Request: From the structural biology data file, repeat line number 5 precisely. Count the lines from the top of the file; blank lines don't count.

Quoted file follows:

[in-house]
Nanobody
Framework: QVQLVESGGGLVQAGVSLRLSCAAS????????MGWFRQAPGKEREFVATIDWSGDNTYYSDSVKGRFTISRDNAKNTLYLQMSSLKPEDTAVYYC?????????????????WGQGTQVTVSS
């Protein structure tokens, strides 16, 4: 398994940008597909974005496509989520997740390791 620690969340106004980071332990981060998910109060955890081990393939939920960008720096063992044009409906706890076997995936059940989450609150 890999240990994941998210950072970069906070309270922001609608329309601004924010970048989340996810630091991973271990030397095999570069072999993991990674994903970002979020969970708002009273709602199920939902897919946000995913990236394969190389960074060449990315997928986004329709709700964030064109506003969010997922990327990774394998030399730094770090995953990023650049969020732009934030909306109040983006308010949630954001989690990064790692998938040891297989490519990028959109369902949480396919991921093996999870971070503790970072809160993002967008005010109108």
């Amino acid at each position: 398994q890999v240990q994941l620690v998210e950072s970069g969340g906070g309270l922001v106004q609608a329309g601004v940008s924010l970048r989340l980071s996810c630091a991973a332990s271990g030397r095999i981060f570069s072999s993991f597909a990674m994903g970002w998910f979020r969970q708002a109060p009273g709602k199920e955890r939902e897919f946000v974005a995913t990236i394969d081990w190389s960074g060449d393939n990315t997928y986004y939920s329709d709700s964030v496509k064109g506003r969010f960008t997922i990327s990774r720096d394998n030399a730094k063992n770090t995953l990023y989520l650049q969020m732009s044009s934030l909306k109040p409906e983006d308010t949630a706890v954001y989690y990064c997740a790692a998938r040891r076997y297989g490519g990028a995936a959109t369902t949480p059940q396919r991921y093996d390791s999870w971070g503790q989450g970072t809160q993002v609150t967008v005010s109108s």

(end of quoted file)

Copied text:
């Amino acid at each position: 398994q890999v240990q994941l620690v998210e950072s970069g969340g906070g309270l922001v106004q609608a329309g601004v940008s924010l970048r989340l980071s996810c630091a991973a332990s271990g030397r095999i981060f570069s072999s993991f597909a990674m994903g970002w998910f979020r969970q708002a109060p009273g709602k199920e955890r939902e897919f946000v974005a995913t990236i394969d081990w190389s960074g060449d393939n990315t997928y986004y939920s329709d709700s964030v496509k064109g506003r969010f960008t997922i990327s990774r720096d394998n030399a730094k063992n770090t995953l990023y989520l650049q969020m732009s044009s934030l909306k109040p409906e983006d308010t949630a706890v954001y989690y990064c997740a790692a998938r040891r076997y297989g490519g990028a995936a959109t369902t949480p059940q396919r991921y093996d390791s999870w971070g503790q989450g970072t809160q993002v609150t967008v005010s109108s």